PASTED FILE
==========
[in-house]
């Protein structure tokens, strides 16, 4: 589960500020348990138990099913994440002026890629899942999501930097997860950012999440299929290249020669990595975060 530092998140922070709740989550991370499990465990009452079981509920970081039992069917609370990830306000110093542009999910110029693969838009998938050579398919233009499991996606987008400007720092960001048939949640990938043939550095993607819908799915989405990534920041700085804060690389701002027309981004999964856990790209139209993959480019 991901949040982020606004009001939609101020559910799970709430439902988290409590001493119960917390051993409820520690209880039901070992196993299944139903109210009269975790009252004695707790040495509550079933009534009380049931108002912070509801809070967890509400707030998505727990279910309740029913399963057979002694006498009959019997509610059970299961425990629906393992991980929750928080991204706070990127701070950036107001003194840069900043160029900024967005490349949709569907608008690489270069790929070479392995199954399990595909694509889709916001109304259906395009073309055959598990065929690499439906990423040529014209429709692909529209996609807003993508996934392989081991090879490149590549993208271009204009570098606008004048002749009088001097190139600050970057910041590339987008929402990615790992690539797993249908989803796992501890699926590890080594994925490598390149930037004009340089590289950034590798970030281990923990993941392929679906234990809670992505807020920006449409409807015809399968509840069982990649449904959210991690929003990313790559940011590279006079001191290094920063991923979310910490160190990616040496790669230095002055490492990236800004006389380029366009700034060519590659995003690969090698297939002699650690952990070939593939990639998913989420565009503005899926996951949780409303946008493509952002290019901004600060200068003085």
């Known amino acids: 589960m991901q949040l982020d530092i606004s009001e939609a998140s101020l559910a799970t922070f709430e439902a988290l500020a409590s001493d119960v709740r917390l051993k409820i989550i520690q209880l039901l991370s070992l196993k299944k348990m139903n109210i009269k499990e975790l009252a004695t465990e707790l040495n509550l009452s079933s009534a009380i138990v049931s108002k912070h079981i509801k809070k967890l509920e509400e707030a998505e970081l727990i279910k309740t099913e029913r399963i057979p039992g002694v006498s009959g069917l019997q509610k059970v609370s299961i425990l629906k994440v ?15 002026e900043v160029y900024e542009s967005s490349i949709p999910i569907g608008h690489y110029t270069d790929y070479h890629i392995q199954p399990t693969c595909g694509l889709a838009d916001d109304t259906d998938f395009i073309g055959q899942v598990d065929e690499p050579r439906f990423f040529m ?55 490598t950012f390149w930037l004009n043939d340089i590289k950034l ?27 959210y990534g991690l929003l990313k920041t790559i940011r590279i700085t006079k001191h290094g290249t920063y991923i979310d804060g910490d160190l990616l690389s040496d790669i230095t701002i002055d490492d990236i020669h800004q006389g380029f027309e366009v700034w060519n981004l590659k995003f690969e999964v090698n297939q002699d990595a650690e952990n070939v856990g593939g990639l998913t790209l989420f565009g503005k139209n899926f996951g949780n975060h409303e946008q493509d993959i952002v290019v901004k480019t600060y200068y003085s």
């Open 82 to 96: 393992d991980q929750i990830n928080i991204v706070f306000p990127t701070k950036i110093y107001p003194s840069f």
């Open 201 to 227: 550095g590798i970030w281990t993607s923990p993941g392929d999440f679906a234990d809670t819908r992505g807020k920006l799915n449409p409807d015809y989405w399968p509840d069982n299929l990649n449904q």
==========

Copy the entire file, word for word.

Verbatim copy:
[in-house]
């Protein structure tokens, strides 16, 4: 589960500020348990138990099913994440002026890629899942999501930097997860950012999440299929290249020669990595975060 530092998140922070709740989550991370499990465990009452079981509920970081039992069917609370990830306000110093542009999910110029693969838009998938050579398919233009499991996606987008400007720092960001048939949640990938043939550095993607819908799915989405990534920041700085804060690389701002027309981004999964856990790209139209993959480019 991901949040982020606004009001939609101020559910799970709430439902988290409590001493119960917390051993409820520690209880039901070992196993299944139903109210009269975790009252004695707790040495509550079933009534009380049931108002912070509801809070967890509400707030998505727990279910309740029913399963057979002694006498009959019997509610059970299961425990629906393992991980929750928080991204706070990127701070950036107001003194840069900043160029900024967005490349949709569907608008690489270069790929070479392995199954399990595909694509889709916001109304259906395009073309055959598990065929690499439906990423040529014209429709692909529209996609807003993508996934392989081991090879490149590549993208271009204009570098606008004048002749009088001097190139600050970057910041590339987008929402990615790992690539797993249908989803796992501890699926590890080594994925490598390149930037004009340089590289950034590798970030281990923990993941392929679906234990809670992505807020920006449409409807015809399968509840069982990649449904959210991690929003990313790559940011590279006079001191290094920063991923979310910490160190990616040496790669230095002055490492990236800004006389380029366009700034060519590659995003690969090698297939002699650690952990070939593939990639998913989420565009503005899926996951949780409303946008493509952002290019901004600060200068003085």
């Known amino acids: 589960m991901q949040l982020d530092i606004s009001e939609a998140s101020l559910a799970t922070f709430e439902a988290l500020a409590s001493d119960v709740r917390l051993k409820i989550i520690q209880l039901l991370s070992l196993k299944k348990m139903n109210i009269k499990e975790l009252a004695t465990e707790l040495n509550l009452s079933s009534a009380i138990v049931s108002k912070h079981i509801k809070k967890l509920e509400e707030a998505e970081l727990i279910k309740t099913e029913r399963i057979p039992g002694v006498s009959g069917l019997q509610k059970v609370s299961i425990l629906k994440v ?15 002026e900043v160029y900024e542009s967005s490349i949709p999910i569907g608008h690489y110029t270069d790929y070479h890629i392995q199954p399990t693969c595909g694509l889709a838009d916001d109304t259906d998938f395009i073309g055959q899942v598990d065929e690499p050579r439906f990423f040529m ?55 490598t950012f390149w930037l004009n043939d340089i590289k950034l ?27 959210y990534g991690l929003l990313k920041t790559i940011r590279i700085t006079k001191h290094g290249t920063y991923i979310d804060g910490d160190l990616l690389s040496d790669i230095t701002i002055d490492d990236i020669h800004q006389g380029f027309e366009v700034w060519n981004l590659k995003f690969e999964v090698n297939q002699d990595a650690e952990n070939v856990g593939g990639l998913t790209l989420f565009g503005k139209n899926f996951g949780n975060h409303e946008q493509d993959i952002v290019v901004k480019t600060y200068y003085s």
């Open 82 to 96: 393992d991980q929750i990830n928080i991204v706070f306000p990127t701070k950036i110093y107001p003194s840069f």
């Open 201 to 227: 550095g590798i970030w281990t993607s923990p993941g392929d999440f679906a234990d809670t819908r992505g807020k920006l799915n449409p409807d015809y989405w399968p509840d069982n299929l990649n449904q």